When you have poor credit, it can affect your ability to get loans, credit cards, and insurance. It can even get in the way of employment opportunities.
If you have a bad credit rating, you want to do all you can to improve it. That includes having inaccurate information removed from your credit report.
If companies are refusing to remove inaccurate information from your credit report, you need a reliable Fair Credit Reporting Act (FCRA) lawyer on your side. Read on to find out more about the FCRA and how the right lawyer can help you straighten out your financial situation.
What is the Fair Credit Reporting Act?
The Fair Credit Reporting Act was put into effect in 1970. It was enacted to promote the accuracy, fairness, and privacy of consumer information contained in the files of consumer reporting agencies. It provides consumers with the following rights:
- To notify if information in your files is being used against you
- Access to information in your file
- Knowledge of your credit score
- The ability to dispute inaccurate information
- The ability to have verified inaccurate information removed
- Ensuring outdated negative information is not reported
- The ability to limit access to your credit report
- Mandatory consent for providing reports to employers
- Removal of your name from consumer reporting agency lists for unsolicited offers
- The ability to seek damages, costs, and attorney’s fees from violators
Violations of the FCRA
TransUnion, Experian, and Equifax are the three primary reporting agencies that keep track of consumer credit ratings in the United States. When these companies make an error, it can lead to serious financial problems for consumers.
The FCRA offers consumers protection from credit reporting agencies, banks, lenders, and debt collectors who violate the act. Common violations include the following:
- Failing to accurately report a discharged bankruptcy debt
- Reporting negative information that is over 7 years old
- Reporting old debts as new
- Inaccurately reporting debts that have been settled
- Applying late fees to debts that were paid on time
- Reporting negative credit information on cases reported as identity theft
- Mixing credit information of multiple parties
- Failing to correct inaccurate information that appears on a debtor’s file
Violations can also occur when financial institutions that report to (Credit Reporting Agencies) CRAs engage in the following actions:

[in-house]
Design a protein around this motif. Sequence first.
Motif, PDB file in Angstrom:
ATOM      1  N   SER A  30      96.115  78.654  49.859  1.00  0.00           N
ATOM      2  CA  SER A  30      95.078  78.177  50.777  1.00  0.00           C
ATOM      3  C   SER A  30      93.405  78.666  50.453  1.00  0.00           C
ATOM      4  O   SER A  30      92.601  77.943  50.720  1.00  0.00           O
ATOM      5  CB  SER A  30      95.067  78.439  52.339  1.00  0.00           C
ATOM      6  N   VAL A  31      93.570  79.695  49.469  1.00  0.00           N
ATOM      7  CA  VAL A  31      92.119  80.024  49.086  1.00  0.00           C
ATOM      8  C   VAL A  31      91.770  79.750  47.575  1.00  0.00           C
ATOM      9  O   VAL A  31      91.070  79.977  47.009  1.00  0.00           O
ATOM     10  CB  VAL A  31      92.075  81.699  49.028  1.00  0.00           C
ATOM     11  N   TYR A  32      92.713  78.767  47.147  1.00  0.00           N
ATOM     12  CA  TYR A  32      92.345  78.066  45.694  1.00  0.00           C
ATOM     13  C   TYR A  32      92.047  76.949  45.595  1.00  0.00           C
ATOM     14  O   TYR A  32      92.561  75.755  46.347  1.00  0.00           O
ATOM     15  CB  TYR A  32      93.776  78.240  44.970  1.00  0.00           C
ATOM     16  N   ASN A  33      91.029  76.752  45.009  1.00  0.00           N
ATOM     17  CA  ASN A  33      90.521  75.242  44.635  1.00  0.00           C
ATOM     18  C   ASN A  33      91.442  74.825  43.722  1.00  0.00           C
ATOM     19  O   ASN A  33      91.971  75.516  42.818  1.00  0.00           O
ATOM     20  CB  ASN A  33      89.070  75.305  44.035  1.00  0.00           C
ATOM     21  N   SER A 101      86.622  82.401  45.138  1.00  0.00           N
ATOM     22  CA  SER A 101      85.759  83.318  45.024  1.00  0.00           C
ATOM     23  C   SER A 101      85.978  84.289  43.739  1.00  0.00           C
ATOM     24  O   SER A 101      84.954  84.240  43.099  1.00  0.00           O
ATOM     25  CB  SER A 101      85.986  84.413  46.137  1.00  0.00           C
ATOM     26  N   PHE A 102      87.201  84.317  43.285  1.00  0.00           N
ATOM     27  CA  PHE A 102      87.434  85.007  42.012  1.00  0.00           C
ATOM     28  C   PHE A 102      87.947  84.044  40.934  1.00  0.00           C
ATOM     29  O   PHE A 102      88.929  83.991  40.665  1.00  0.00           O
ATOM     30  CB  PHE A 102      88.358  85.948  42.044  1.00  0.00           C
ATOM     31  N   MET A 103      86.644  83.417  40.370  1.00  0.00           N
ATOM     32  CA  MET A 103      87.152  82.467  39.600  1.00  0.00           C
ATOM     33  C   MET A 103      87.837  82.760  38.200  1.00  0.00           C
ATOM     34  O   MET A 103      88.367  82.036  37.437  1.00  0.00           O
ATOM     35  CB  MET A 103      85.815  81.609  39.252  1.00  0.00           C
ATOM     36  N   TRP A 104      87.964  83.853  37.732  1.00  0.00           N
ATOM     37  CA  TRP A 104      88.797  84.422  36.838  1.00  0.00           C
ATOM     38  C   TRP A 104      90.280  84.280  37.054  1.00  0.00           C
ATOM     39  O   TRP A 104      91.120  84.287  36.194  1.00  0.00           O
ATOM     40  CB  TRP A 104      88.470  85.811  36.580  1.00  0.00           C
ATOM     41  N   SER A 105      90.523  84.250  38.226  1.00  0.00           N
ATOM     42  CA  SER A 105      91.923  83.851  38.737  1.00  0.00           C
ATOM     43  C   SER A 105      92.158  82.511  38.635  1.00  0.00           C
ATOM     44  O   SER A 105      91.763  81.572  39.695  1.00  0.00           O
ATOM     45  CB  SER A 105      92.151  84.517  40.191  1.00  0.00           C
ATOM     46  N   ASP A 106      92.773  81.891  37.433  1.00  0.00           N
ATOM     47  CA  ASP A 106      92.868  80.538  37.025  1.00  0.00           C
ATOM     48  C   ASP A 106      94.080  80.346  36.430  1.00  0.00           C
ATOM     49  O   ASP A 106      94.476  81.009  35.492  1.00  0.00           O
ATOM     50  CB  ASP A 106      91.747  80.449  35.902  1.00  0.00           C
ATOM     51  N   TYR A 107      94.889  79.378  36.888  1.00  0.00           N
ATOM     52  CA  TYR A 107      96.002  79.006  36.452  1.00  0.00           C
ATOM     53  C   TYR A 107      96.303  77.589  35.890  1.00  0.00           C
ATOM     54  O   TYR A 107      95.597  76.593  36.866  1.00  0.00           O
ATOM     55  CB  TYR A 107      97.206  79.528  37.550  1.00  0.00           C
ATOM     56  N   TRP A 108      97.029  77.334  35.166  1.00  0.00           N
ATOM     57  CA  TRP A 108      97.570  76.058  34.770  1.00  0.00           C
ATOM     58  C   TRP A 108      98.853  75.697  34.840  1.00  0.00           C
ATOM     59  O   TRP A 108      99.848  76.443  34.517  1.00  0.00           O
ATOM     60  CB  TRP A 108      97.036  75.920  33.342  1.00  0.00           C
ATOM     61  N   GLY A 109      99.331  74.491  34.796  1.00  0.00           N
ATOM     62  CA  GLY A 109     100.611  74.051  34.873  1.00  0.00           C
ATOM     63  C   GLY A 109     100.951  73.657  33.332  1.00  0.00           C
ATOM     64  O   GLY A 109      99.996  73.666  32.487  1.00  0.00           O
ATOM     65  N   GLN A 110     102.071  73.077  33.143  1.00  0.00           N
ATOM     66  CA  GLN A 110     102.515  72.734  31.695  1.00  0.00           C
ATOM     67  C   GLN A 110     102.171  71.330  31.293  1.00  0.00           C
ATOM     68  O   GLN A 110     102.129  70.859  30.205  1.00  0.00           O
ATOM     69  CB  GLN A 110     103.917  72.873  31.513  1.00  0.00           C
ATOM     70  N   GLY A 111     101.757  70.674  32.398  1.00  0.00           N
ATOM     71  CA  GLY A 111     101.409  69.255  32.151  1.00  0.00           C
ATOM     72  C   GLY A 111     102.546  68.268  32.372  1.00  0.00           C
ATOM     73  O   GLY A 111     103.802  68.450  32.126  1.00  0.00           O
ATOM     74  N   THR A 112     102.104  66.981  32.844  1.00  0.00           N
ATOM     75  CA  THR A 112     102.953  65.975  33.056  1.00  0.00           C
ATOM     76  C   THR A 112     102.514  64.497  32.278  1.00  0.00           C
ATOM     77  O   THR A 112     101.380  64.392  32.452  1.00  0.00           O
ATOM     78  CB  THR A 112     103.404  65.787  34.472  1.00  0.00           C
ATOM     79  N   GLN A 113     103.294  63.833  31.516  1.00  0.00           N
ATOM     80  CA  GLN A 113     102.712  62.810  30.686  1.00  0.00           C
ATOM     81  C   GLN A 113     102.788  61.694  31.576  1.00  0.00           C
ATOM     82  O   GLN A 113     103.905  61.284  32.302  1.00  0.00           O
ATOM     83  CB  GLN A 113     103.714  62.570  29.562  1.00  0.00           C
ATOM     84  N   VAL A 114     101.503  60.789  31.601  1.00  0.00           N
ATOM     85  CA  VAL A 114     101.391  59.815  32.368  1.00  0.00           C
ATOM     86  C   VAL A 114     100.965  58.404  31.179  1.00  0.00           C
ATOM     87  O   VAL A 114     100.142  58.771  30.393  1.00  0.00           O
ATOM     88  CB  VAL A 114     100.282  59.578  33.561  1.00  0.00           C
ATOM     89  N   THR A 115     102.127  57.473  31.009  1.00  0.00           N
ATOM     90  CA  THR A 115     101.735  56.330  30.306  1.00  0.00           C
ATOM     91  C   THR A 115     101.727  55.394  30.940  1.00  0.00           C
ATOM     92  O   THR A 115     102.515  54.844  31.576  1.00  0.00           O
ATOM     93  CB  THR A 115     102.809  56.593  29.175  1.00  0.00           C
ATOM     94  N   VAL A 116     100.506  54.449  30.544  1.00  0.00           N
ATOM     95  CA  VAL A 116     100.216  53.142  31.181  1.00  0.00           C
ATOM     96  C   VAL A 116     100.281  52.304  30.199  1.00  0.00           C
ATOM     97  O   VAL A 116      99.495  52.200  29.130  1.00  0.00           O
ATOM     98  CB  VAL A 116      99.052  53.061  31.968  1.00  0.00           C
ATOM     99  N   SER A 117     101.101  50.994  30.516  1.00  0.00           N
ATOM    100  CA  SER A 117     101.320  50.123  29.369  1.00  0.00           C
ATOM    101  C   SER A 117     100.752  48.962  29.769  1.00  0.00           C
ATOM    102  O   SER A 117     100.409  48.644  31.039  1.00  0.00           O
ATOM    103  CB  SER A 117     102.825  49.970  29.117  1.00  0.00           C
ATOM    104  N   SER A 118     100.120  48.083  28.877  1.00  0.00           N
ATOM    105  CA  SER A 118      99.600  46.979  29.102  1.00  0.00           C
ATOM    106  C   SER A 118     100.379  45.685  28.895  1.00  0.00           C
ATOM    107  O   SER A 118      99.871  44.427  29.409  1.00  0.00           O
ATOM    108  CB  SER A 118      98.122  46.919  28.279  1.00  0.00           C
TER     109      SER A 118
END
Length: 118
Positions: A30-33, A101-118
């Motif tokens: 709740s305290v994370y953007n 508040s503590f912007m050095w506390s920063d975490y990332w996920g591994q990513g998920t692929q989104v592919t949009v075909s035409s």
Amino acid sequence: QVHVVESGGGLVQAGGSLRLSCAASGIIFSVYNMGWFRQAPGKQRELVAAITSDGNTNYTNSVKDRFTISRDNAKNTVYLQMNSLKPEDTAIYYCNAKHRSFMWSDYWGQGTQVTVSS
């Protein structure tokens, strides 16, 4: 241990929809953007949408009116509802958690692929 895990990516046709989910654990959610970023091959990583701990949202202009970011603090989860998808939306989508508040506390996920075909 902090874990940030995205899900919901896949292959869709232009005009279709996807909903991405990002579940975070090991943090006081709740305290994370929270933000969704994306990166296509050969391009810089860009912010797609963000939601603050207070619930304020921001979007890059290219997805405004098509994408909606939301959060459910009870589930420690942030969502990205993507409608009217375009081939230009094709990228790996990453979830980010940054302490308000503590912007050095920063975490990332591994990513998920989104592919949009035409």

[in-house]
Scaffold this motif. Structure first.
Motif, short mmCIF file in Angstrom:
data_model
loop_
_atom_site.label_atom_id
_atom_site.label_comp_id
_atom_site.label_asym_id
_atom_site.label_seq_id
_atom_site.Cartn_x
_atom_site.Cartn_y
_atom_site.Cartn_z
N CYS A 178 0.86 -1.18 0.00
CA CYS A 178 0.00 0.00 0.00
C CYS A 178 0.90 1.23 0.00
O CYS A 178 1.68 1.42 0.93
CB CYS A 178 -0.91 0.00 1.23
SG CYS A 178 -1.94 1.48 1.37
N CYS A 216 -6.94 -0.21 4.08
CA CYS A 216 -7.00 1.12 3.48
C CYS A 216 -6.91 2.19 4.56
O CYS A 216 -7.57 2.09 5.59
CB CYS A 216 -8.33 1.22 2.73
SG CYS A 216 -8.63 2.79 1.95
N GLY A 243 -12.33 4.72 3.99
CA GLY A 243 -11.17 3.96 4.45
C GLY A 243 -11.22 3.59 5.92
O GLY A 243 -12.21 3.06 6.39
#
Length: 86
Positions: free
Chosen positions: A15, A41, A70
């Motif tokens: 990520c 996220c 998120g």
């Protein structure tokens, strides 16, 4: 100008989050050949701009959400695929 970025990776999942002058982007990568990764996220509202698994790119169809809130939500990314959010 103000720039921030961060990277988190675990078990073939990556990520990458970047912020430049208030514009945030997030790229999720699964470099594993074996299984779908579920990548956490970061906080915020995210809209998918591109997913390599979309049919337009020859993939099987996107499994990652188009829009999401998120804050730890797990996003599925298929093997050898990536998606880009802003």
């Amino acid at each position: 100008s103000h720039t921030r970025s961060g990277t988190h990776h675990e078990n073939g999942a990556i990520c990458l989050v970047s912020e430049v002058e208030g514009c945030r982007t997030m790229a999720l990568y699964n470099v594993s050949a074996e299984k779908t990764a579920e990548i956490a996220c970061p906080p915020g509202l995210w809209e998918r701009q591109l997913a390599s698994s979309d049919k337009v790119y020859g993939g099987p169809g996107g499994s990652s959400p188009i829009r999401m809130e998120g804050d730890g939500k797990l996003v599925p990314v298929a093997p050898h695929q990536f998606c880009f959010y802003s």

- Failing to notify CRAs that a debtor has disputed a debt
- A failure to investigate a disputed debt within 30 days
- Failing to provide the debtor with the information they need to complete the dispute process
- A failure to report the results of an investigation to the debtor
- Submitting information to a CRA that they know to be incorrect
How Do I Dispute Credit Errors?
Consumers should review their credit reports regularly to determine if there are any inaccuracies or issues. There are steps you can take to identify and dispute errors. These include:
Request a Copy of Your Credit Report: Consumers are eligible to receive one free copy of their credit report each year.
You can request a report at annualcreditreport.com. They will require you to provide personal information including your name, date of birth, social security number, and information from your credit history.
Dispute Letter: If you find inaccuracies in your report, you can send a dispute letter. This letter must be sent to the CRA and it must include detailed information on each item that is being disputed and why it is being disputed. You will also need to provide any documents that support your dispute and make it clear that you are requesting that the inaccurate information be removed.
The letter should be sent certified mail with a return receipt required. This will document that your letter has been sent and received.
Dispute Investigation: Once a dispute letter is received, the CRA will have 30 days to investigate it. The process involves information being sent to the reporting entity which will then review the information and report the results back to the CRA. If the dispute is resolved, all three major CRA’s must be notified to update your report with the correct information.
If the investigation does not resolve the dispute, you can ask for a statement of the dispute to be included in your file.
Post Investigation: After the investigation, the CRA must notify you of the results of your dispute. They must also provide you with an updated copy of your credit report if any changes were made. The new copy must also be sent to anyone who requested a copy of your credit report in the last six months.
Getting the Right Representation for Your CRA Lawsuit
If there is inaccurate information on your credit report and you are having trouble getting it removed, you may need to team up with a reliable FCRA Attorney. If you are looking for representation in the state of Louisiana, Samuel Ford of Scott, Vicknair, Hair & Checki can help.
The SVHC team has years of experience in the field of consumer protection. They consult their clients in every step of the legal decision-making process. Their aggressive representation has helped them build a strong winning record.
Bad credit can get in the way of your quality of life. If you feel inaccurate information is pulling your score down, fight back.
Samuel Ford of SVHC offers free consultations and, if you have a claim, you may be able to recover all associated costs and attorney’s fees, meaning SVHC may be able to represent you at no cost to you! Contact Samuel Ford today!